“If you wish to be a good writer, write.” – Epictetus
There hasn’t been a lot of movement along Thunder Road in the past year and I apologise for that. New role at work, tight timetable, too much travelling… I can make excuses aplenty. Will they really be honest though?
I confess to a severe loss of writerly confidence but missing mojo isn’t really a good reason to put down my pen and not pick it up again. Most guides to writing, and the quote above, cut to the truth. Yep, I get it. I haven’t been making myself right because I haven’t been making myself write.
So 2018 has begun differently. I’ve changed my routine. I’ve begun writing again. I don’t know if the words are worthwhile but I know they’re better than anything I produced last year.
One of the things I did do in 2017 was send off a sample of my DNA to check for ancestral connections. I’ve long joked with my kids that my cultural interests and palate must mean I’m a blend of Japanese, Indian, Scandinavian, Brit and indigenous Australian. When the results arrived they were focused across the United Kingdom, western Europe and Scandinavia. It turns out I’m one-fifth Viking after all.
I’ve read Norse mythology as long as I can remember. That interest was understandably rekindled last year.
Watching: Vikings; The Handmaid’s Tale, 13 Reasons Why; Stranger Things; Luke Cage
Reading: One Would Think the Deep – Claire Zorn; The Stars at Oktober Bend – Glenda Millard; The Other Side of Summer – Emily Gale; Born to Run – Bruce Springsteen; When Breath Becomes Air – Paul Kalanithi; Norse Mythology – Neil Gaiman and others.
Listening: Ironbark -The Waifs; Go Farther in Lightness – Gang of Youths; Greetings from Asbury Park – Bruce Springsteen, Midnight Oil back catalogue. And podcasts! Check out Phoebe’s Fall, The Music Dissectors (with a guest appearance from yours truly) and Myths and Legends.
Dear Mr Peg, 11 year-old A is forever filling up notebooks with stories she has written. Are there any tools or apps we can use to encourage tweens to keep on writing? Thanks, Risky Business.
Dear Risky Business,
Thanks for your question. It’s excellent that Miss A is shaping as a spinner of yarns. As you know well, storytelling is a skill for life. I can’t think of any job where the ability to connect with people and communicate clearly isn’t a massive advantage. From where I’m sitting, (oddly enough, in a parked car, in a narrow, one-way street near a hockey ground, where someone just called me a strange man… OK, maybe a tale for another day…) these are vital skills to encourage.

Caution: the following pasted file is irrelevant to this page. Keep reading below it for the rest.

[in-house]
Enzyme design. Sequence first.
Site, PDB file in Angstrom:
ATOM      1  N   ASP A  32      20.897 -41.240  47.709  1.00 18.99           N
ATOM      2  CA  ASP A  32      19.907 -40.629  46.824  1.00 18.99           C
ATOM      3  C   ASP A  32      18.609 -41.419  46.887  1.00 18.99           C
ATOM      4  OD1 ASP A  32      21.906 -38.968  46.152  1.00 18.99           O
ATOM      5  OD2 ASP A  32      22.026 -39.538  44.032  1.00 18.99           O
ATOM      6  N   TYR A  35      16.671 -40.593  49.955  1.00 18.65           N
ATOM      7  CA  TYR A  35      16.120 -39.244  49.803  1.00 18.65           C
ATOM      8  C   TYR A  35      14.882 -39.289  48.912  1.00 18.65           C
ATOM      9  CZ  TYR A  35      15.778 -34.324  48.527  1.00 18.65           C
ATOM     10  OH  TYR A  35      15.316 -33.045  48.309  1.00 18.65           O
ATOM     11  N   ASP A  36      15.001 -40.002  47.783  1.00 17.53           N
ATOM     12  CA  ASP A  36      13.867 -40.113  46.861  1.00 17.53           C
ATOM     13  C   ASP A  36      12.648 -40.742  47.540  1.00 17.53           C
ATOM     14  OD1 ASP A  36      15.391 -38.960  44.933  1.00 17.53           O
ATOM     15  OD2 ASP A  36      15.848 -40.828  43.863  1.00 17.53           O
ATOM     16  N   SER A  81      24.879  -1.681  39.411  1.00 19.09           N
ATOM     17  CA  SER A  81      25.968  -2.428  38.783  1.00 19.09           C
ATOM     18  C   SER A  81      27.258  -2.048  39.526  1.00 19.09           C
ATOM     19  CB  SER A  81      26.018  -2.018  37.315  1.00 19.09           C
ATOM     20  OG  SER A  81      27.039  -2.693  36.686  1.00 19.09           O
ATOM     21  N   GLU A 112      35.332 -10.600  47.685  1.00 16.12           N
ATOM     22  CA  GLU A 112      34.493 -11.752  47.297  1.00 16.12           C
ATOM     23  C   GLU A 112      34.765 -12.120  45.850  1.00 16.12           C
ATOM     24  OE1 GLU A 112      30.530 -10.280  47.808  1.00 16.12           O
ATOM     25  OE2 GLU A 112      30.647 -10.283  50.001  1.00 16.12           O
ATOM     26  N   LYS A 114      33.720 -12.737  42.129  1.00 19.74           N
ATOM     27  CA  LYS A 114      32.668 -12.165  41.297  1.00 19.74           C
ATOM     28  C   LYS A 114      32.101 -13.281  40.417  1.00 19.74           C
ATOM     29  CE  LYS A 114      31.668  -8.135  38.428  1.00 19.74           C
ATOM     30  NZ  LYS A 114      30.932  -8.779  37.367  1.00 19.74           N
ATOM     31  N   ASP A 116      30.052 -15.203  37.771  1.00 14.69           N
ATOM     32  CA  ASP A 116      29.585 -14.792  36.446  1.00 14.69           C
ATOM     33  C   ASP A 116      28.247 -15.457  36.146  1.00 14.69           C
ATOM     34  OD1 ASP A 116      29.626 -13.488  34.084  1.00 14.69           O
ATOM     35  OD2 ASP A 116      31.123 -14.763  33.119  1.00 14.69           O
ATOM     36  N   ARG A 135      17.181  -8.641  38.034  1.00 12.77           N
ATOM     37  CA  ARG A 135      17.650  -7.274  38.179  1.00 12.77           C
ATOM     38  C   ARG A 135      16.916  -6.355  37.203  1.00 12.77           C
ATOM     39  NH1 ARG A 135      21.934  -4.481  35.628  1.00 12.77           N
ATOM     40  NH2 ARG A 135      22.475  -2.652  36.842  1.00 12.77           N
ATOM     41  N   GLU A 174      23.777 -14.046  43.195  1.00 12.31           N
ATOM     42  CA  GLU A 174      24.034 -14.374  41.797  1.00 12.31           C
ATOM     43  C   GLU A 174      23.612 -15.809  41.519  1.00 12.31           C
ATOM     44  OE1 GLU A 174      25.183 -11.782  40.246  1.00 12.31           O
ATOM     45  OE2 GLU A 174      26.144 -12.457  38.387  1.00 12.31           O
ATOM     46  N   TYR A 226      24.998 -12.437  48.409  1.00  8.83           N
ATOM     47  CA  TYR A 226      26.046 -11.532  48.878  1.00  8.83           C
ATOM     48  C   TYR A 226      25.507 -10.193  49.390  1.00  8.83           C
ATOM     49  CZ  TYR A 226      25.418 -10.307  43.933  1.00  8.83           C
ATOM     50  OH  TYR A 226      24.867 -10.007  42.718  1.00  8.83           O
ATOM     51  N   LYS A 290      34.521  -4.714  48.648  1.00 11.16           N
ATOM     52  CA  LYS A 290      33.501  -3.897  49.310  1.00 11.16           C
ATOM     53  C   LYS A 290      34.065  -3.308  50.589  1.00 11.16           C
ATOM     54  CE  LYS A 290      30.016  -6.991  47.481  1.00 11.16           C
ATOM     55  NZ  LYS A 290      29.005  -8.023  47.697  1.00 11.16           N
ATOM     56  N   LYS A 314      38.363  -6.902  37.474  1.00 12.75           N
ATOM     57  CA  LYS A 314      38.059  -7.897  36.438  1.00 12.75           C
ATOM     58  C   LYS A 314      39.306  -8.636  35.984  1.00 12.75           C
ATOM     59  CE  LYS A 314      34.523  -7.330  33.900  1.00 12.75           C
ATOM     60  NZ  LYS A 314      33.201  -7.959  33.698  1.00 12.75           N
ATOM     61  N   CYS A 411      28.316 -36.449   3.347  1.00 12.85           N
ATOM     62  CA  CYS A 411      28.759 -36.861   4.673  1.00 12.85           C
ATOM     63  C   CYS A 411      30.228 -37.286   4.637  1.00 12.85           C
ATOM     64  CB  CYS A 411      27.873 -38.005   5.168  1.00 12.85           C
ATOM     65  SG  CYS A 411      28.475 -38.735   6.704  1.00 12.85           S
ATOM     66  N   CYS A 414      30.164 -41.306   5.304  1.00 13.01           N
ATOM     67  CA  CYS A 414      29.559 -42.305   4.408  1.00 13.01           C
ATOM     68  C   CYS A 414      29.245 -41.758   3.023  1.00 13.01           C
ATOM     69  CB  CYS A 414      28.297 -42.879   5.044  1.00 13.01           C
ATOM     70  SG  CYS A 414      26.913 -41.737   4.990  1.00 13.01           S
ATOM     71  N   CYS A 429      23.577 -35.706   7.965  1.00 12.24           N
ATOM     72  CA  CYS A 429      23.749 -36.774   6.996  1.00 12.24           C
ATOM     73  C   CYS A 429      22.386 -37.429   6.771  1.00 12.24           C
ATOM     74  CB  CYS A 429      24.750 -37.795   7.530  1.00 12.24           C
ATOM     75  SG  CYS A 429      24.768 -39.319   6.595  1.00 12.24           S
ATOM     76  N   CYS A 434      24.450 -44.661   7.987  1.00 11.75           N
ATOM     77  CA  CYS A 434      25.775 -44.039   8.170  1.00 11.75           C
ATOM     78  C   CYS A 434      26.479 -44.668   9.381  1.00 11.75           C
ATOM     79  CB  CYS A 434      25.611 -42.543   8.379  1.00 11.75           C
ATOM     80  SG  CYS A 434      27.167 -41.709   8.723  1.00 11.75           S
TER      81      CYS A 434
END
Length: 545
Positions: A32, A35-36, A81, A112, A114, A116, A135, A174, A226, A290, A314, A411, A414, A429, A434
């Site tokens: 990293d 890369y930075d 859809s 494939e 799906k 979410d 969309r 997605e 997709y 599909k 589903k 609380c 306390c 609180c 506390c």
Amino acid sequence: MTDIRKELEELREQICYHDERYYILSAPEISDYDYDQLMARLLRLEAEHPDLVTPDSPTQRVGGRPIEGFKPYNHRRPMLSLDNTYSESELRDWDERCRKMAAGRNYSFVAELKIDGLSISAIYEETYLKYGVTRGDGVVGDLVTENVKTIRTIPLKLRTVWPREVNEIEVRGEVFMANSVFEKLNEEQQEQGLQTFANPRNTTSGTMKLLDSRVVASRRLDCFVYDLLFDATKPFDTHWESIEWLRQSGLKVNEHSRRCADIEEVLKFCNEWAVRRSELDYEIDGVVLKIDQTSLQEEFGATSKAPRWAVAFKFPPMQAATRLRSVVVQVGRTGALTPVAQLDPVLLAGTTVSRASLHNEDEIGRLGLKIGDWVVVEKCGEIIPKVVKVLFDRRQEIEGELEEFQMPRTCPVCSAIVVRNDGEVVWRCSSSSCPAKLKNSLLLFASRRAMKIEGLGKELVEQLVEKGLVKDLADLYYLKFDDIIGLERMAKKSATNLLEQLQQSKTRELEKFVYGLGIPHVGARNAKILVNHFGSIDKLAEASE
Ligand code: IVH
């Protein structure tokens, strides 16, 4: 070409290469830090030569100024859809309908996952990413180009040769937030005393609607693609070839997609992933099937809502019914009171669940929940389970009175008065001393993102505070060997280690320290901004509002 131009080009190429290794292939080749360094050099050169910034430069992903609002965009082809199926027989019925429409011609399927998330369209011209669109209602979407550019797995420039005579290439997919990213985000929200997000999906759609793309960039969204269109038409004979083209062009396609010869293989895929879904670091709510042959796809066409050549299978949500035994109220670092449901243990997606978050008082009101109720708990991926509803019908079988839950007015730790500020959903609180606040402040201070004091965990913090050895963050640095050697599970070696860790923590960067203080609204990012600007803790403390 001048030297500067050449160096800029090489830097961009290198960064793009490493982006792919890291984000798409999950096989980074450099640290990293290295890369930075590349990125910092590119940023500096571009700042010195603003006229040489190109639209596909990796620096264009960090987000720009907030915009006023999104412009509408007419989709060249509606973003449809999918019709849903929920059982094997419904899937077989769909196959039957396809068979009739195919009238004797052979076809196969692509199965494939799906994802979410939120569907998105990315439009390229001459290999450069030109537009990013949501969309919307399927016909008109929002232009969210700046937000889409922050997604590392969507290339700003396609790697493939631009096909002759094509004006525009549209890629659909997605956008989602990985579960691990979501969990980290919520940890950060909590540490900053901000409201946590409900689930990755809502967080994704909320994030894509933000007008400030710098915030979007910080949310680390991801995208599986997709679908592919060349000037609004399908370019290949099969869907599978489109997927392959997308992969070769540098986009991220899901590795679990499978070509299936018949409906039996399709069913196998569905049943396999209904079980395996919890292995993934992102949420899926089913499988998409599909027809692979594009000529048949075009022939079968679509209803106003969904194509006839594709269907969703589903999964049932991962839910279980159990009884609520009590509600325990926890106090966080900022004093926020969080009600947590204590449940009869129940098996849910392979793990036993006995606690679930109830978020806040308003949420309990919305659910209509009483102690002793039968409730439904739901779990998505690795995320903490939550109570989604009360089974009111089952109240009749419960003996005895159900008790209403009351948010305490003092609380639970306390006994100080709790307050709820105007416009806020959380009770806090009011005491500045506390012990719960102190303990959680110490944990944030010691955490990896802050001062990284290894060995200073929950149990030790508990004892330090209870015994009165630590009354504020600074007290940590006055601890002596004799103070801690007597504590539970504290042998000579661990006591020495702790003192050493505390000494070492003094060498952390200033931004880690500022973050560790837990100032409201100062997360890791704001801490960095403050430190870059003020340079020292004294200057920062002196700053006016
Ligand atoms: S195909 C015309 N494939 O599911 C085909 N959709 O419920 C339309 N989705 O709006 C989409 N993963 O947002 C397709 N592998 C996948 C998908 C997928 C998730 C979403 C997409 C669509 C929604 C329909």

Like Miss A, I was an early bloomer as a writer. I have exercise books filled with primary school tales of superheroes, explorers and magic. Then there are the excruciating, angst-ridden adolescent-era diaries, and the gnarled notebooks containing tertiary level crimes against poetry. Decades later, the ideas are captured in electronic notes and, hopefully, the maturity is honed, but the ideas still flow freely.
So what can you do to keep Miss A writing?
#1 Read, read, read
I know you’re already onto this but aim to read with/to Miss A daily. Every book is a lesson in writing and an invitation to imitate and improve. I’m grateful to my parents for giving me this advantage.
When Miss A finishes a piece of writing, encourage her to read it aloud. This is one of the best ways for her to learn about punctuation, language and dialogue. We want to train her ears to hear what works and what needs work. Even if you don’t like everything she’s written, pick something you did enjoy (an image, a character, a sentence…) and praise it.
#2 Train the storytelling muscles
Just as you might throw random times tables questions at the kids to improve their multiplication skills, toss questions at Miss A to feed her imagination. ‘What are those people doing over here? Why? What might they do next?’
Take a line from a song and ask Miss A to build a story around it. For example, there’s a Paul Kelly song that says, “I’ve done all the dumb things’. What dumb things did the person do and why?